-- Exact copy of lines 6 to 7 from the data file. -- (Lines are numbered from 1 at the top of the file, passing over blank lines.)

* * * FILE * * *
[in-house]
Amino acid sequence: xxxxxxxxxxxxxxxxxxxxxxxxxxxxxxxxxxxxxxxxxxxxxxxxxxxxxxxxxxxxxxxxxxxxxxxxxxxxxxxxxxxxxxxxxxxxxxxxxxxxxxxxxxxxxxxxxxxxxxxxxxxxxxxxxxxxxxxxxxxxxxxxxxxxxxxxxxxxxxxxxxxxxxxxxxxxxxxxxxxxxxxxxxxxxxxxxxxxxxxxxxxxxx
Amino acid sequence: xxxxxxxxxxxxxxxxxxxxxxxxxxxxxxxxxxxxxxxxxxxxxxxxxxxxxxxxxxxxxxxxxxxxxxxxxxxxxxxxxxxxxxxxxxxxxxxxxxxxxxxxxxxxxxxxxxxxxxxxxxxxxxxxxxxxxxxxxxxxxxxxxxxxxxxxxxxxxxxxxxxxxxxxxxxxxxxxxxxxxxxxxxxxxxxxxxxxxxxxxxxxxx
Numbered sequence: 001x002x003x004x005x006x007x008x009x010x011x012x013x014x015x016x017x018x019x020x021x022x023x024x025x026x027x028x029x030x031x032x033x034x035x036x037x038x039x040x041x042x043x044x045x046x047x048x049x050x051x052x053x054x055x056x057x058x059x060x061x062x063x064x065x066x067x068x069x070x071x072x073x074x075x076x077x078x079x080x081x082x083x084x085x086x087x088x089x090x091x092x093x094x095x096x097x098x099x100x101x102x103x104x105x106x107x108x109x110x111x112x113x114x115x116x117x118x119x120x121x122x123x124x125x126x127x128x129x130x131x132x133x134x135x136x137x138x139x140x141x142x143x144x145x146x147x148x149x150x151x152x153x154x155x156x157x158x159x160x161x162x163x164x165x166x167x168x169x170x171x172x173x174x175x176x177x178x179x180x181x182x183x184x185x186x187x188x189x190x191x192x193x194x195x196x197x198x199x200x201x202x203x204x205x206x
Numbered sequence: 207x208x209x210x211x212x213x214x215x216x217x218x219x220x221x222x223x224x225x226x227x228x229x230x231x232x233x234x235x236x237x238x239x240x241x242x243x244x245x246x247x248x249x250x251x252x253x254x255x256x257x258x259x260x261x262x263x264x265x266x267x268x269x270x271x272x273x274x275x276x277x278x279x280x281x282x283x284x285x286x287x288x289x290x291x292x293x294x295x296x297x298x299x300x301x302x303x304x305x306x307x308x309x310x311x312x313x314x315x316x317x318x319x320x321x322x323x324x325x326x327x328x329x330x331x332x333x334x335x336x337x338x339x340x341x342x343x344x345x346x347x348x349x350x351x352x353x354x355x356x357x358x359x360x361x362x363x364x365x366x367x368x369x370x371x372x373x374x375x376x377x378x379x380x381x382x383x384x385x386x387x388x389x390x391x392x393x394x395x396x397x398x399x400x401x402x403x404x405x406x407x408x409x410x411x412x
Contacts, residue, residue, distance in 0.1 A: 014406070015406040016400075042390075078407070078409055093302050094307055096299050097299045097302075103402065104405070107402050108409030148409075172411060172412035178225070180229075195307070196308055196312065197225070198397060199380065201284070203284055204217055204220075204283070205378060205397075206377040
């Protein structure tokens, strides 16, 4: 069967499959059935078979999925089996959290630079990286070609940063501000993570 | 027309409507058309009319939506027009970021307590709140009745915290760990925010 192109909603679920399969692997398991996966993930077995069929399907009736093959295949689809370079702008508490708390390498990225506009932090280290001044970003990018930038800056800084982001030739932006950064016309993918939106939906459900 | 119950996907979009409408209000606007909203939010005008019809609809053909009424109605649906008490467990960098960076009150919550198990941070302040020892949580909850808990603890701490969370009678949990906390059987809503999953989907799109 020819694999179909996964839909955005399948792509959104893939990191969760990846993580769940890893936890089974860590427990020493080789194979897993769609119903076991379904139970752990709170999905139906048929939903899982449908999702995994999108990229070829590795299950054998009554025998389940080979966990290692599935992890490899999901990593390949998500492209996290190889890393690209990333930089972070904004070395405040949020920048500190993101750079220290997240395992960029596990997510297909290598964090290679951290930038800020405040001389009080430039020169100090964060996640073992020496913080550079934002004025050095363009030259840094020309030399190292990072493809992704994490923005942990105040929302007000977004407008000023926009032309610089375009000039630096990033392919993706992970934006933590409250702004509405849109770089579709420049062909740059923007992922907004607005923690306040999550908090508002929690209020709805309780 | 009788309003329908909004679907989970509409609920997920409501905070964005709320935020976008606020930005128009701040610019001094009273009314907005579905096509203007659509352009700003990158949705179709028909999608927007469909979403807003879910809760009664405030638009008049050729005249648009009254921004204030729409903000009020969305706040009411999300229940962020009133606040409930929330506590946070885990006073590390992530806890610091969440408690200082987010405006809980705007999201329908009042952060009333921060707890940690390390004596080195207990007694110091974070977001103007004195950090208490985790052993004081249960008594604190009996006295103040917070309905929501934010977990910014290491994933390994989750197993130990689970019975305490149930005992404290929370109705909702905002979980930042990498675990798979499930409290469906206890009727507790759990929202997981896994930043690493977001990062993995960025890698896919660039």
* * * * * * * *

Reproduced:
Contacts, residue, residue, distance in 0.1 A: 014406070015406040016400075042390075078407070078409055093302050094307055096299050097299045097302075103402065104405070107402050108409030148409075172411060172412035178225070180229075195307070196308055196312065197225070198397060199380065201284070203284055204217055204220075204283070205378060205397075206377040
């Protein structure tokens, strides 16, 4: 069967499959059935078979999925089996959290630079990286070609940063501000993570 | 027309409507058309009319939506027009970021307590709140009745915290760990925010 192109909603679920399969692997398991996966993930077995069929399907009736093959295949689809370079702008508490708390390498990225506009932090280290001044970003990018930038800056800084982001030739932006950064016309993918939106939906459900 | 119950996907979009409408209000606007909203939010005008019809609809053909009424109605649906008490467990960098960076009150919550198990941070302040020892949580909850808990603890701490969370009678949990906390059987809503999953989907799109 020819694999179909996964839909955005399948792509959104893939990191969760990846993580769940890893936890089974860590427990020493080789194979897993769609119903076991379904139970752990709170999905139906048929939903899982449908999702995994999108990229070829590795299950054998009554025998389940080979966990290692599935992890490899999901990593390949998500492209996290190889890393690209990333930089972070904004070395405040949020920048500190993101750079220290997240395992960029596990997510297909290598964090290679951290930038800020405040001389009080430039020169100090964060996640073992020496913080550079934002004025050095363009030259840094020309030399190292990072493809992704994490923005942990105040929302007000977004407008000023926009032309610089375009000039630096990033392919993706992970934006933590409250702004509405849109770089579709420049062909740059923007992922907004607005923690306040999550908090508002929690209020709805309780 | 009788309003329908909004679907989970509409609920997920409501905070964005709320935020976008606020930005128009701040610019001094009273009314907005579905096509203007659509352009700003990158949705179709028909999608927007469909979403807003879910809760009664405030638009008049050729005249648009009254921004204030729409903000009020969305706040009411999300229940962020009133606040409930929330506590946070885990006073590390992530806890610091969440408690200082987010405006809980705007999201329908009042952060009333921060707890940690390390004596080195207990007694110091974070977001103007004195950090208490985790052993004081249960008594604190009996006295103040917070309905929501934010977990910014290491994933390994989750197993130990689970019975305490149930005992404290929370109705909702905002979980930042990498675990798979499930409290469906206890009727507790759990929202997981896994930043690493977001990062993995960025890698896919660039």